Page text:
Wednesday, October 28, 2009

Weekend by Weekend

I have one lament concerning Auckland. I acknowledge I was thoroughly spoiled by my last big-city experience. Three weeks in San Francisco somewhat raises one's standards of convenient local transportation and not only does Auckland lack this but it is so spread out in comparison to SF that walking is not nearly as much of a happy alternative.

So I'm covering this city inch by inch, weekend by weekend and that means I still have loads of ground to cover. Especially because when I say Auckland, I mean North Shore City/Auckland City. Just go with it.

Last weekend I got to explore new areas with a new friend and my feet loved the walk up Queen Street -- the mingling with the locals, the discovery of an orangey-red vintage purse on K. Road, the details on the old buildings, the worn signs on the new, the countless Asian discount shops, and the kumara chips (french fries) at Burger Fuel. (Yes, I have come to love a place with such an un-lovely name as Burger Fuel. But you would, too, if you tried their well-salted kumara chips with creamy, garlicy aioli.)

Details from the beautiful afternooon:




Saturday, October 24, 2009

Holidaying in Raglan

Like I have mentioned, among my most cherished moments in returning to New Zealand have been reunions with old friends.

Almost two weeks ago, two friends (one acquired at the age of five and the other as friend-number-one fell in love with and married friend-number-two) drove up to Auckland for long-awaited conversations carried out with no computer in between. Of all the people I've looked forward to seeing while here, P. and H. were among the top.

We headed down to Raglan on a beautiful Sunday afternoon to spend three nights at their bach (Kiwi for vacation home). It was a lovely two-hour drive south of the city to Hamilton and then due west. The road between Hamilton and Raglan climbed to stunning views, but I knew that attempts at truly capturing it through the car window, in all its splendor - the sharp peeks and diving valleys, some shaved to clean green grass and others populated with trees - were slim.

Once in Raglan, there were plenty of photo ops, but it turned out that my favorite place to pull out the camera was at a cafe called Tongue & Groove. We went there twice for coffee, and it was just the sort of place I'd like to always have down the road. Painted wood floors with the dark naked boards revealed from wear, vintage patterned counter tops in alternating colors, a chalkboard menu, and even a table fashioned from half a surfboard protruding from the wall and paired with old brown leather theater chairs. Lovely aesthetics, friendly staff, and a damn good cappuccino.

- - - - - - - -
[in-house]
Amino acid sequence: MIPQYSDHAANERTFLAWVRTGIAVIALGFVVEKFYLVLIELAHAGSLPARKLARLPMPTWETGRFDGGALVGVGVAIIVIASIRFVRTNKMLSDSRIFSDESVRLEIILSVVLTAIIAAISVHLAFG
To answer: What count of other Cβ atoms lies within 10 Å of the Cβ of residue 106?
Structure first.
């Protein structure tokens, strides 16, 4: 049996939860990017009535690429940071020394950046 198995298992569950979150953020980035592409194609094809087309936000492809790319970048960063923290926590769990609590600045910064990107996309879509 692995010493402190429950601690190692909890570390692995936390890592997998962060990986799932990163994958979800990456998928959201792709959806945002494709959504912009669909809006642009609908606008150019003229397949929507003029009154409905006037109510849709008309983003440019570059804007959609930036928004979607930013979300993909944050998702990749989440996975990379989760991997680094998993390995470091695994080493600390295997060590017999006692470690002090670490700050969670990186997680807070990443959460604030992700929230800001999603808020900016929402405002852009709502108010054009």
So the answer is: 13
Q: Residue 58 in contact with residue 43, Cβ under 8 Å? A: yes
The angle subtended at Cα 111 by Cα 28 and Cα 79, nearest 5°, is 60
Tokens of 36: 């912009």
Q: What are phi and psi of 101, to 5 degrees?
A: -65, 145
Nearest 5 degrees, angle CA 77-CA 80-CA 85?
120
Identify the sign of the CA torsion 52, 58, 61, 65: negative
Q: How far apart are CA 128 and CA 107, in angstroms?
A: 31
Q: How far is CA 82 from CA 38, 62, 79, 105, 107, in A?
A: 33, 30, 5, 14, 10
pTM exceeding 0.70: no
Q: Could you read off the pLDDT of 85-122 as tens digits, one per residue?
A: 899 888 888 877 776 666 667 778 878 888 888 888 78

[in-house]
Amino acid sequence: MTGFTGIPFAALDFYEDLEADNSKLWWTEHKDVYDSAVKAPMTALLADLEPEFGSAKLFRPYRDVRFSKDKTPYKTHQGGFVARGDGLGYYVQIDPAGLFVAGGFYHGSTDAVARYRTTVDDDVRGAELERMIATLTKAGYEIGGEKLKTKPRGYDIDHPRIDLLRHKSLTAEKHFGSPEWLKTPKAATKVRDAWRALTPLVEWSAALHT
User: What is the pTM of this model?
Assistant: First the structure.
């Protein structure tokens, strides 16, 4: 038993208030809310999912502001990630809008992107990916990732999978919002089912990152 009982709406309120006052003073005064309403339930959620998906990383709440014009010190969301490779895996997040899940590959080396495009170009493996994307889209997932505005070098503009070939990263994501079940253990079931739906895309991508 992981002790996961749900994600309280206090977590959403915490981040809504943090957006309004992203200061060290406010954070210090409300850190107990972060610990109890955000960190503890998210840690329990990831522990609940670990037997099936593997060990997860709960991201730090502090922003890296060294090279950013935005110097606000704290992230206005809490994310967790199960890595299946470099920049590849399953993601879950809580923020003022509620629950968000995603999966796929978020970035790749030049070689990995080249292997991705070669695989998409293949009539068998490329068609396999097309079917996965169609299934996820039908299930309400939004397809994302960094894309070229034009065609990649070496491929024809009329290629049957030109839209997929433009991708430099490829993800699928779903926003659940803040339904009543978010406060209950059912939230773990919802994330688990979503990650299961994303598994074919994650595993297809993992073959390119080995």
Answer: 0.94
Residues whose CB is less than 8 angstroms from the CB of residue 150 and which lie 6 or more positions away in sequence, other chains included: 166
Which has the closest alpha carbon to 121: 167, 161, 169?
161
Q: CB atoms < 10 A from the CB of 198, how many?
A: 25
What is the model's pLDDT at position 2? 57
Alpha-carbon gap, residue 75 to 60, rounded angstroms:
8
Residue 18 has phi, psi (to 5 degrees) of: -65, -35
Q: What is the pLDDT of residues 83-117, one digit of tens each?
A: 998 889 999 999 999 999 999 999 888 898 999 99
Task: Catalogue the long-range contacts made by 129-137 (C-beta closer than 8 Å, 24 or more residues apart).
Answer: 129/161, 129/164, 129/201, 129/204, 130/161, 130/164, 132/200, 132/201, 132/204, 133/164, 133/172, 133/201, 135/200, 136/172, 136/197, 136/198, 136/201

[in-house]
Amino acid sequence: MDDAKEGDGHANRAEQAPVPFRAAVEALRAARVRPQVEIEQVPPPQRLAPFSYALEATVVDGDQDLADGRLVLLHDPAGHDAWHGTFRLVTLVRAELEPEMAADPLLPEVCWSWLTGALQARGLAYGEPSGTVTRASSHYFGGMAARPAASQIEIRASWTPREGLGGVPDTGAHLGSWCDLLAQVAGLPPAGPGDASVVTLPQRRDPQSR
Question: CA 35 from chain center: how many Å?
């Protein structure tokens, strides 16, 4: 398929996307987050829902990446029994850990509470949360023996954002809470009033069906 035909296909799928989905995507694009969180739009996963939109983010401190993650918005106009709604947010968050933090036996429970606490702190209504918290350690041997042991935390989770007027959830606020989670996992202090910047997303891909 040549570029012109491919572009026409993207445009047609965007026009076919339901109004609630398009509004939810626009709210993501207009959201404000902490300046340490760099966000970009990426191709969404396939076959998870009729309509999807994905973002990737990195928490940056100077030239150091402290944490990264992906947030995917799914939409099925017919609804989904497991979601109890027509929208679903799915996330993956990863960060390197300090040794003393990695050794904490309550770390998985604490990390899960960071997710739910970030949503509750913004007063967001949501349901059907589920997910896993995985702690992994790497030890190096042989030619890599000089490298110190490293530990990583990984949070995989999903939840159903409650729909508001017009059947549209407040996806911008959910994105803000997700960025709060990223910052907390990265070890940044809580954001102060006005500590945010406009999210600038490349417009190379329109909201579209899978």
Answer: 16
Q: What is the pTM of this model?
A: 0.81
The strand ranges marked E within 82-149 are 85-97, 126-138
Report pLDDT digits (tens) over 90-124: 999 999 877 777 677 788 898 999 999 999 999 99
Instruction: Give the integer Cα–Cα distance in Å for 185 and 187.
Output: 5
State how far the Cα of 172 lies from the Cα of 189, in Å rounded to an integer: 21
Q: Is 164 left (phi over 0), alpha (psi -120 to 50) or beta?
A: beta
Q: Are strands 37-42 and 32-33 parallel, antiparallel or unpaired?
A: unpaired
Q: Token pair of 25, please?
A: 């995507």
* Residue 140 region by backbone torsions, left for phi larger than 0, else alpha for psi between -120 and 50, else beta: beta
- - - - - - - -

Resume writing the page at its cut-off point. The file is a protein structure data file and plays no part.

Tongue and Groove 1

Below is an earl grey tea that I purchased on my first visit. Then there's the brownie the three of us shared while sitting at the surfboard table.

Tongue and Groove 4

Tongue and Groove 2

But just so you know we didn't sit inside all day, here are some photos from around the area.




Thursday, October 22, 2009

Essential Details


One Hungry Soul has been haunting me. Each photograph my camera captures translates to something else to blog about - my new life in this gorgeous country deserves much more documentation than I am allotting it. And so, as I sit on my bed on this quiet night, I retrace my steps over the past few weeks, hoping not to miss the essential details that desire to be shared.

Here's one: Sharing a warm, dry home with a seven-year-old and his mother as the spring rain persists in the watering of already drenched soil.



I moved out of that sweet little house a week ago but want to offer a glimpse into my surroundings there before this blog moves on as well.




During the hushed gaps in the coming weekend, I anticipate a more thorough catch-up on life's photo log.

Beaches and plenty of cappuccino cups await.

beauty neglected

Sunday, October 4, 2009

With Old Friends


I think it is well established that New Zealand is a beautiful place. So let's not dwell on the lush fern forests and brilliantly green paddocks and the way some sort of flower always manages to be showing its face, no matter the season.

Just as wonderful as it is to be living in this aesthetically pleasing land, I find reunions with old friends equally soul-satisfying.


Yesterday a young man picked up my sister and I for lunch, a man who I last saw fifteen years ago, when he was eight years old and had round cheeks and the ability to sing a few octaves higher, surely. These days he's tall and thin and often in the company of his lovely fiancee, a startling realization of just how fast we have grown up.

The four of us shared a delicious meal together at Takapuna Beach, where the scenery, food, and company were thoroughly enjoyable -- even with the burst of rain on the way back to the car. Once the summer sun comes out to stay, I hope to venture back. Any place that serves poached feijoas and greek yoghurt over brazil nut and linseed granola (yes, they actually used the American term "granola"), especially within glass wall that face the beach, wins a bit of my heart.

When I start to wonder if New Zealand possesses any authentic "homey-ness" to me anymore, or if the years of distance have wiped it all away, the act of rekindling friendships comes as a comforting gift.